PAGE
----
Thursday, January 10, 2013

Boeing 787 Service entry and operations -1.2013

Service entry and operations
The 787-8 received FAA and EASA certification on August 21, 2011.
Regulatory certification of the 787 cleared the way for deliveries to begin.[146] With the first deliveries at hand, Boeing began preparations to increase 787 production rates from two to ten aircraft per month over the next two years.[146] Production is taking place at assembly lines in Everett and Charleston. The Charleston site's contributions have been clouded by legal difficulties; on April 20, 2011, the National Labor Relations Board alleged that Boeing's second production line in South Carolina violated two sections of the National Labor Relations Act.[94] This labor dispute ended in December 2011 when the National Labor Relations Board dropped its lawsuit after the Machinists union withdrew its complaint as part of a new contract with Boeing.[148] The first 787 assembled at the South Carolina facility was rolled out on April 27, 2012.[149]
The first 787 was officially delivered to All Nippon Airways on September 25, 2011, at Boeing's facilities in Everett, Washington. A ceremony to mark the occasion was also held the next day.[150][151] On September 27, the Dreamliner flew to Haneda Airport.[152][153] The airline took delivery of the second 787 on October 13, 2011.[154]
On October 26, 2011, the 787 flew its first commercial flight from Narita to Hong Kong on All Nippon Airways.[155] The airliner was planned to enter service some three years prior. Tickets for the flight were sold in an online auction, with the highest bidder paying $34,000 for a seat.[156] The 787 flew its first commercial long-haul flight on January 21, 2012 from Haneda to Frankfurt on All Nippon Airways.[157]
On December 6, 2011, test aircraft ZA006 (sixth 787 built), powered by General Electric GEnx engines, flew 10,710 nautical miles (19,830 km) non-stop from Boeing Field eastward to Shahjalal International Airport in Dhaka, Bangladesh, setting a new world distance record for aircraft in the 787's weight class, which is between 440,000 pounds (200,000 kg) and 550,000 pounds (250,000 kg). This flight surpassed the previous record of 9,127 nautical miles (16,903 km), set in 2002 by an Airbus A330. The Dreamliner then continued eastbound from Dhaka to return to Boeing Field, setting a world-circling speed record of 42 hours, 27 minutes.[158]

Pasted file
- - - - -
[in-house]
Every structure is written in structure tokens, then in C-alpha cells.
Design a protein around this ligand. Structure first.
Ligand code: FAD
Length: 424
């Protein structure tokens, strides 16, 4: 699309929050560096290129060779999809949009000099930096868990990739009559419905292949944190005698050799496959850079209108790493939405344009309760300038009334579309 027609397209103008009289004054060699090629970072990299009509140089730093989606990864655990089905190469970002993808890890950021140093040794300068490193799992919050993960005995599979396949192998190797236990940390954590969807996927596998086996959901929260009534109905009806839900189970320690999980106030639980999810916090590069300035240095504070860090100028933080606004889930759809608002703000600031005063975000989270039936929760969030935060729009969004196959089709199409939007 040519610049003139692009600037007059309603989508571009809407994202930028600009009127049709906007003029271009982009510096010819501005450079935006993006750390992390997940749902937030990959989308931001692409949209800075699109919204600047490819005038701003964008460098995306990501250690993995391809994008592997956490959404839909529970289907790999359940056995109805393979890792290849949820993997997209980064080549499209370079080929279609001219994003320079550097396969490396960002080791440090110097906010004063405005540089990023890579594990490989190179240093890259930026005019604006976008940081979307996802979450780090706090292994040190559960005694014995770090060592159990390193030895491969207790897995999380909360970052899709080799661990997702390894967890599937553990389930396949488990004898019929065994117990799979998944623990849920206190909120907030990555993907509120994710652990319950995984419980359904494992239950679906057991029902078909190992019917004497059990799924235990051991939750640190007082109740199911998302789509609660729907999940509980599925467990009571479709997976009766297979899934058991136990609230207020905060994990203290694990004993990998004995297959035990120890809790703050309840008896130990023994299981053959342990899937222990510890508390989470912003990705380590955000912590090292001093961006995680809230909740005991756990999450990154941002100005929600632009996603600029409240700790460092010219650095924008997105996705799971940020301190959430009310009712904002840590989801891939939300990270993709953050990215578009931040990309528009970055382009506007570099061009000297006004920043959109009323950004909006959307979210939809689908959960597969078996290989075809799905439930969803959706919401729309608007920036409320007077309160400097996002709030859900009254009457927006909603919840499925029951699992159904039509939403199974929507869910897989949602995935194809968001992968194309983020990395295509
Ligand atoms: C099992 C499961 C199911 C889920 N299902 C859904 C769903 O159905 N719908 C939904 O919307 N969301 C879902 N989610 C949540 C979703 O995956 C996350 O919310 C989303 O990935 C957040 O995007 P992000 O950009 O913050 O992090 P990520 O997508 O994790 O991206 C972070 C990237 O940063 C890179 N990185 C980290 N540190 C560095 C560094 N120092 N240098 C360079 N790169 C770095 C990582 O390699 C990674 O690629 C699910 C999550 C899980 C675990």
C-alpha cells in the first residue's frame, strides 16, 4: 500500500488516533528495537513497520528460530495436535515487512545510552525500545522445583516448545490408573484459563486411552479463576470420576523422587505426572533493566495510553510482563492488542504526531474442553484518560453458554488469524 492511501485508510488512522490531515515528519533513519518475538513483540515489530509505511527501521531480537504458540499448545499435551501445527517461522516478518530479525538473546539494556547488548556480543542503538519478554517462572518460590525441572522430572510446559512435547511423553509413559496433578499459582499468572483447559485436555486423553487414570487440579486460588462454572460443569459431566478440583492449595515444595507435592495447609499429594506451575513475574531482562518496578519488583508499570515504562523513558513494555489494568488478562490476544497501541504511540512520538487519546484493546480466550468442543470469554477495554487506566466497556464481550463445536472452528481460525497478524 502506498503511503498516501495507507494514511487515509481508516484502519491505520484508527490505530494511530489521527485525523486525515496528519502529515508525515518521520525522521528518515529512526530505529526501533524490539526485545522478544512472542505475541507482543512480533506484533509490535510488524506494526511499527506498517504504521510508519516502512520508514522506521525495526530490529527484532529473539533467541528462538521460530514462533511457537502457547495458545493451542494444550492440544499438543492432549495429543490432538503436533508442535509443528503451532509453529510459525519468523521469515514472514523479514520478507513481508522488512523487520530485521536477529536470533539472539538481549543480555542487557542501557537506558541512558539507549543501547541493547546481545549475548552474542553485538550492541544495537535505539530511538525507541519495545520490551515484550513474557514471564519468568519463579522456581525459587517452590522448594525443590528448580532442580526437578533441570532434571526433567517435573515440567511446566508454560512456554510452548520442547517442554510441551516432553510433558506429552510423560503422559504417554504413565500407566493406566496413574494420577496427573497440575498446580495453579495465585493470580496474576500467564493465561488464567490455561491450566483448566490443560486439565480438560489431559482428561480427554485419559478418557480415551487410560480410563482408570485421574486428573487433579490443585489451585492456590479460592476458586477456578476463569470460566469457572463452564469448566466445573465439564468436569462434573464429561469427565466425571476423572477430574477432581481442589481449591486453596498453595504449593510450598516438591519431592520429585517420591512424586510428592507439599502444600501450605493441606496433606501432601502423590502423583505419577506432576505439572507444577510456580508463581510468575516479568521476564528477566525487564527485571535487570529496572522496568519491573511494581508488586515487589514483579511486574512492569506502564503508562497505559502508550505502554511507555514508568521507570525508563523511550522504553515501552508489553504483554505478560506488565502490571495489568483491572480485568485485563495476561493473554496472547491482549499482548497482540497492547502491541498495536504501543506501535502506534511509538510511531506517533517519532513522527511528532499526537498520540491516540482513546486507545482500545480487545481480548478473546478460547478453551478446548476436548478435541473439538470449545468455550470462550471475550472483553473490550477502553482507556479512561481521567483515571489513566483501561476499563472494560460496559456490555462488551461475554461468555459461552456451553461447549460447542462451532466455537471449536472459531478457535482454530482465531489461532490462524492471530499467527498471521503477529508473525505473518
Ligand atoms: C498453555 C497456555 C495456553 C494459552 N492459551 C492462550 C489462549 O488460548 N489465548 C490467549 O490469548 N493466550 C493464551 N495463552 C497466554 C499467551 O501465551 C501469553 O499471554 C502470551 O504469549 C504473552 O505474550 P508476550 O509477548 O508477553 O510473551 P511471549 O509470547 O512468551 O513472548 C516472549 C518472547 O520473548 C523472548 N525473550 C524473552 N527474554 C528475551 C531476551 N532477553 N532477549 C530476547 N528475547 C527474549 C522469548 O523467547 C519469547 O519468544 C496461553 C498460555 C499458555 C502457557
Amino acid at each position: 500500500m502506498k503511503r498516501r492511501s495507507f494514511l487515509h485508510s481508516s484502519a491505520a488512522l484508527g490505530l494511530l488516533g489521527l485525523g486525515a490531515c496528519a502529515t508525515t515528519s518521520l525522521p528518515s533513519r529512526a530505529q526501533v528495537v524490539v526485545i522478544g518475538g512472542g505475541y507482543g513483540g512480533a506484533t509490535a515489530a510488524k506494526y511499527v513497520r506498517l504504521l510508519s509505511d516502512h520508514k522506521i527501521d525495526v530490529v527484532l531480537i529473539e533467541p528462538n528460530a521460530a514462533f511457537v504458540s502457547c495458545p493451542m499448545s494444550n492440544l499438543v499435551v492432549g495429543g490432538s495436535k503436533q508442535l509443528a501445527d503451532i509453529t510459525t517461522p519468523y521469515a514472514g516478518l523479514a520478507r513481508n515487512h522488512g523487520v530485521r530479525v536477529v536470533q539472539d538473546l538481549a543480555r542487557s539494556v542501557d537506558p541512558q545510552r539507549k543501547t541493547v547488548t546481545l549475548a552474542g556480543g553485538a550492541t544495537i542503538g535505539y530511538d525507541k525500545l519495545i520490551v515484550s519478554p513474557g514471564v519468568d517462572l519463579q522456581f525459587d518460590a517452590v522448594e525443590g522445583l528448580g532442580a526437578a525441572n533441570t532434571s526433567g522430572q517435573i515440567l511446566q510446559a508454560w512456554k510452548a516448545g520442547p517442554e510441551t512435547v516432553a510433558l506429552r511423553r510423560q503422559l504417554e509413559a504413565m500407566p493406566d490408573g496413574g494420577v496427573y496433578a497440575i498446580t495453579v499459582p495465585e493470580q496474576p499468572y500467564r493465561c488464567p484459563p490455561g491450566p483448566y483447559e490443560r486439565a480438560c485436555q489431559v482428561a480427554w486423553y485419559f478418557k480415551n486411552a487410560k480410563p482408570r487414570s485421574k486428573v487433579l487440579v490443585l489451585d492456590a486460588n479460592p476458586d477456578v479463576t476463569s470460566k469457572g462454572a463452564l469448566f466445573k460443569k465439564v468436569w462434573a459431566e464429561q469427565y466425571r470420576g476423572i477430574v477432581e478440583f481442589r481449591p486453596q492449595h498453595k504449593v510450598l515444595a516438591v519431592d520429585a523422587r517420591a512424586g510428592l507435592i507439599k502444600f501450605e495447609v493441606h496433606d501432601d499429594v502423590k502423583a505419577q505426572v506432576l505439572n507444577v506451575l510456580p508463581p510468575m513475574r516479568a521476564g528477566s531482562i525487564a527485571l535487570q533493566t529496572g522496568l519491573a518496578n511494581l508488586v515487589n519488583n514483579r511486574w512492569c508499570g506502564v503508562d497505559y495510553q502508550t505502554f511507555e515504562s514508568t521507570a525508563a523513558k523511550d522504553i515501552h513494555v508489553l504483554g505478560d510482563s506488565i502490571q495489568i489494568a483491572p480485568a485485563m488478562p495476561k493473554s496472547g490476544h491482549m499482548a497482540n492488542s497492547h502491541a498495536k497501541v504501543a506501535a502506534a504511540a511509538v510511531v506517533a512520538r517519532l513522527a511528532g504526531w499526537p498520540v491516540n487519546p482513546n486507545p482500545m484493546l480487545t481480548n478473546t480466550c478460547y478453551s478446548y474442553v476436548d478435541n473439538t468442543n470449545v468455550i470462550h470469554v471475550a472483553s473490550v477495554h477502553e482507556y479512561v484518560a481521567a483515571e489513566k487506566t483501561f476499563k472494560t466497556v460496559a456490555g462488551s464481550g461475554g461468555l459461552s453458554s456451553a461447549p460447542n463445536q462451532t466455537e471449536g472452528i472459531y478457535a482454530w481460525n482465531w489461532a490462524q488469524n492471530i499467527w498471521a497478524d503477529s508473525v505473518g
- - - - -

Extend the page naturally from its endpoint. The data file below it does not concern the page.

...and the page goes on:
In late 2011, Boeing began a 787 world tour to promote the airliner. It has visited cities in China, Africa, the Middle East, Europe, United States, and others.[159][160][161]
Data from ANA reported that the 787 surpasses the 20% fuel burn reduction promised by Boeing as compared to the 767. On the Tokyo-Frankfurt route the fuel savings was 21%.[162] As part of this report the passenger experience was also rated. 90% of passengers said it surpassed their expectations and 25% said they would go out of their way to fly the 787 again. Air quality and cabin pressure met or exceeded expectations for nine in ten passengers, and 92% of passengers reported that the cabin ambience was as good or better than they expected. Higher humidity levels in the cabin met or exceeded expectations for 80% of passengers. Four in ten said headroom was better than expected. Finally, the large windows met or surpassed expectations of 90% of passengers. ANA surveyed 800 passengers who flew the 787 from Tokyo to Frankfurt.[163]
Qatar Airways placed its first 787 on display at the Farnborough Airshow in July 2012. The airline was to officially receive the aircraft in August.[164]
On September 15, 2012, the NTSB requested the grounding of certain 787s due to GE engine failures; GE believes the production problem has already been fixed.[165]
On November 25, 2012, it was reported that Air India had requested a team of Boeing engineers come to India to address issues described as "teething problems" with its aircraft.[166]
In the Dreamliner's first year of service, at least four aircraft suffered from electrical systems problems. Boeing CEO James McNerney told media outlets that the problems were no greater than those experienced by the company with the introduction of other new models, such as the Boeing 777.[167] On January 7, 2013, a battery overheated and started a fire in an empty 787 operated by Japan Airlines (JAL) at Boston's Logan International Airport.[168][169] A second 787 also operated by JAL experienced a fuel leak on January 8, and its flight from Boston was canceled.[170] On January 9, United Airlines reported a problem in one of its six 787s with the wiring in the same area as the battery fire on JAL's airliner; the U.S. National Transportation Safety Board subsequently opened a safety probe.[171]